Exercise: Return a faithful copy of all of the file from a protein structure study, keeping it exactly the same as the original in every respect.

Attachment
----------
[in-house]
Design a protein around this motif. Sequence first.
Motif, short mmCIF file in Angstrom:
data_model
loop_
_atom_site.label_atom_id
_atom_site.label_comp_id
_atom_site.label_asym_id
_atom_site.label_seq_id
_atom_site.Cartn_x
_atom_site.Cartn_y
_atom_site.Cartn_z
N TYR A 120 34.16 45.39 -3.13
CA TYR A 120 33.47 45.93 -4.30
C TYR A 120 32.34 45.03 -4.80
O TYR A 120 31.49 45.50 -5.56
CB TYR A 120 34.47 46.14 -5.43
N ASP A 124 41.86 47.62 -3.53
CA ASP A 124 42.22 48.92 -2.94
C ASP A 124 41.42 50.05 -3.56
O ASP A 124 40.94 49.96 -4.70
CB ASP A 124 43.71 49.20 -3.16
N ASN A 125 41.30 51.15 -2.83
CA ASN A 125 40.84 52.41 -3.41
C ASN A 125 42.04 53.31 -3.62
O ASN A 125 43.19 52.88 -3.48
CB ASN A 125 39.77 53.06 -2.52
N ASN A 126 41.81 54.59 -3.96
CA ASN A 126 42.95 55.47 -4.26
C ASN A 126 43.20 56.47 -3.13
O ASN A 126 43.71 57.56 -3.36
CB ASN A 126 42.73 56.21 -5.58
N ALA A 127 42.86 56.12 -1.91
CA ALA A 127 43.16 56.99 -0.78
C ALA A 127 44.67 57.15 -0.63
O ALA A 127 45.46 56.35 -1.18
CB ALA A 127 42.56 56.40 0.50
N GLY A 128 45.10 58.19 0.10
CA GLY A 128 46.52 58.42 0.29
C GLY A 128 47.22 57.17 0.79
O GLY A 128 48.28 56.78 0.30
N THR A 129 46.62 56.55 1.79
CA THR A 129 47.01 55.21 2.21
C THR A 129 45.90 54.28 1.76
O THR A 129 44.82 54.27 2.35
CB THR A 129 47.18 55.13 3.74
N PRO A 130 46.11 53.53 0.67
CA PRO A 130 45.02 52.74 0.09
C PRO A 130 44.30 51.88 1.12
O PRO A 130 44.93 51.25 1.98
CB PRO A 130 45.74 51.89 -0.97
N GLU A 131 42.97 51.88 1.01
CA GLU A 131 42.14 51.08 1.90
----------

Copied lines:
[in-house]
Design a protein around this motif. Sequence first.
Motif, short mmCIF file in Angstrom:
data_model
loop_
_atom_site.label_atom_id
_atom_site.label_comp_id
_atom_site.label_asym_id
_atom_site.label_seq_id
_atom_site.Cartn_x
_atom_site.Cartn_y
_atom_site.Cartn_z
N TYR A 120 34.16 45.39 -3.13
CA TYR A 120 33.47 45.93 -4.30
C TYR A 120 32.34 45.03 -4.80
O TYR A 120 31.49 45.50 -5.56
CB TYR A 120 34.47 46.14 -5.43
N ASP A 124 41.86 47.62 -3.53
CA ASP A 124 42.22 48.92 -2.94
C ASP A 124 41.42 50.05 -3.56
O ASP A 124 40.94 49.96 -4.70
CB ASP A 124 43.71 49.20 -3.16
N ASN A 125 41.30 51.15 -2.83
CA ASN A 125 40.84 52.41 -3.41
C ASN A 125 42.04 53.31 -3.62
O ASN A 125 43.19 52.88 -3.48
CB ASN A 125 39.77 53.06 -2.52
N ASN A 126 41.81 54.59 -3.96
CA ASN A 126 42.95 55.47 -4.26
C ASN A 126 43.20 56.47 -3.13
O ASN A 126 43.71 57.56 -3.36
CB ASN A 126 42.73 56.21 -5.58
N ALA A 127 42.86 56.12 -1.91
CA ALA A 127 43.16 56.99 -0.78
C ALA A 127 44.67 57.15 -0.63
O ALA A 127 45.46 56.35 -1.18
CB ALA A 127 42.56 56.40 0.50
N GLY A 128 45.10 58.19 0.10
CA GLY A 128 46.52 58.42 0.29
C GLY A 128 47.22 57.17 0.79
O GLY A 128 48.28 56.78 0.30
N THR A 129 46.62 56.55 1.79
CA THR A 129 47.01 55.21 2.21
C THR A 129 45.90 54.28 1.76
O THR A 129 44.82 54.27 2.35
CB THR A 129 47.18 55.13 3.74
N PRO A 130 46.11 53.53 0.67
CA PRO A 130 45.02 52.74 0.09
C PRO A 130 44.30 51.88 1.12
O PRO A 130 44.93 51.25 1.98
CB PRO A 130 45.74 51.89 -0.97
N GLU A 131 42.97 51.88 1.01
CA GLU A 131 42.14 51.08 1.90